So what makes people so eager to empty their piggy banks? First off, there’s the lineup. At larger, established festivals, legends and chart-toppers often come together to create a bill that would make any music-lover’s heart skip a beat. Kid Cudi, Outkast and Foster the People topped the list at SoCal’s Coachella this year, while Tennessee’s Bonnaroo boasts everyone from Elton John and Lionel Richie to Kanye West and Skrillex. The thrill of seeing all this music is what first drew in Alex Beer, a Weinberg junior who’s been to four different festivals since high school.

    “There’s something really remarkable about sitting on a patch of grass for like three hours watching your favorite bands just play one after another,” said Beer. “It doesn’t get better than that.”

    Each festival Frazer attended boasted a lengthy menu of artists, from hipster-seducing alternative groups to electro-psychedelic jam bands. Festival sizes were just as diverse. There was the intimate 3,000-person Frendly Gathering in Vermont, where attendees gathered around one stage at the base of Magic Mountain. On the other hand, Outside Lands, which sprawls across Golden Gate Park, attracted 65,000 fans to wander the grounds between its seven performance spots. But no matter the size, when people come together to rally around the artists they love, they become part of a new community, one which many festival-goers embrace just as much as the shows themselves.

    “I think there’s a lot of value to be learned from how people from all different walks of life can come together and build relationship and a community based on a shared appreciation for music,” said Frazer. “It was always very humbling and heartwarming, the kindness that I experienced.”

    And in an increasingly digital world, the fact that people are coming together at all can be a thrill. Michael Kramer, a Northwestern history professor who has studied the cultural effects of both rock music and digital technology, said the popularity of these events could possibly be found in the desire for an “interruption” of the norm.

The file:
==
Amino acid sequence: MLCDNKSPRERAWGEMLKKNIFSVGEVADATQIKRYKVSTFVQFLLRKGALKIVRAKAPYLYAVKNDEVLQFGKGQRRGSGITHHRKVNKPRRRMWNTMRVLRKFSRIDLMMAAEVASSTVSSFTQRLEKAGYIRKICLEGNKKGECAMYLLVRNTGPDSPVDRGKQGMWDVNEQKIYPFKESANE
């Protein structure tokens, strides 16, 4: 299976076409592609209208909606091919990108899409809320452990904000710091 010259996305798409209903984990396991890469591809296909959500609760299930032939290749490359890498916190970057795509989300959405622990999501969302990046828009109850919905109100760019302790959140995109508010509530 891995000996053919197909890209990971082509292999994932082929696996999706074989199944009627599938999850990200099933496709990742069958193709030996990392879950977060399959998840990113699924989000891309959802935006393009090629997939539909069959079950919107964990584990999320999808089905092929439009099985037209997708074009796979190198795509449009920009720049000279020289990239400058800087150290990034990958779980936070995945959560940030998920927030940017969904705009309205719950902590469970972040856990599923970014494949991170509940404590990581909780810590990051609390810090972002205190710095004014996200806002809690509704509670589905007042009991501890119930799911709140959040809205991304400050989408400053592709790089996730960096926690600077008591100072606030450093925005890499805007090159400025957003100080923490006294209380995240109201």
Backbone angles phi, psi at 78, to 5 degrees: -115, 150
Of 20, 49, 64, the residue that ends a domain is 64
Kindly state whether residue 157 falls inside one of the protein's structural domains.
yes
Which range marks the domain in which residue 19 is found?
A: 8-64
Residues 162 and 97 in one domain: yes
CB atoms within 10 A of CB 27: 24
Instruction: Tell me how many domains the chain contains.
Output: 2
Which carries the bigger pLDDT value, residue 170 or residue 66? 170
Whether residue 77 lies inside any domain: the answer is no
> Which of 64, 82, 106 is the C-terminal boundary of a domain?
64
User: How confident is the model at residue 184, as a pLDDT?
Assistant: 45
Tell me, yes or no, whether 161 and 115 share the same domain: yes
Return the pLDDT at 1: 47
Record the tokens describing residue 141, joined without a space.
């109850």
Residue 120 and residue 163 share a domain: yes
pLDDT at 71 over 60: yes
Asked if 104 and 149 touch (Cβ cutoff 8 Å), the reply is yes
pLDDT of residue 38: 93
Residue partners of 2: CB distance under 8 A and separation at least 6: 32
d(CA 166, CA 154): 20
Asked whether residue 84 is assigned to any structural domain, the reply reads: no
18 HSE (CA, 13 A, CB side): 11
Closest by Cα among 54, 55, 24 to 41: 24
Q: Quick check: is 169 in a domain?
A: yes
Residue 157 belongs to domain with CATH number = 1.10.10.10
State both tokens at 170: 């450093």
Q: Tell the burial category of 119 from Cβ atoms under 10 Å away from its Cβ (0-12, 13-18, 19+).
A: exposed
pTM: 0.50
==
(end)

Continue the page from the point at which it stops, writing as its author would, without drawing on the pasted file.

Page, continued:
“Festivals remind us that even in the age of virtual, disembodied communication, networks, and media consumption, people still long to assemble with their bodies in the same place to experience music,” said Kramer in an e-mail. “There is still a desire and a hope that some new kind of self and community might arise from these temporary, intensified, and powerful encounters.”

    Of course, the motivations behind Dillo Day are often a lot less complicated, said Beer, with a collective focus on “total inebriation.” But students on Dillo Day can still find common ground, even with their motor skills slightly impaired.

    “It is as much about what it means for students to be part of Northwestern as it is about arriving at a festival of pop music,” said Kramer. “Everyone knows that the 'community' of Northwestern students in general is a temporary one, coming together for a set amount of time only to break apart and fragment again.”

    Compared to the festivals he went to this past summer, Frazer said it’s harder to escape on Dillo among so many familiar people and places, but that doesn’t mean he’ll stop trying.

    “Life can be stressful, but you forget all about that when you’re listening to music,” said Frazer. “It’s kind of removing yourself from the stresses of your daily college life, forgetting all about that, and just appreciating your friends, the community, the music, all together in one place.”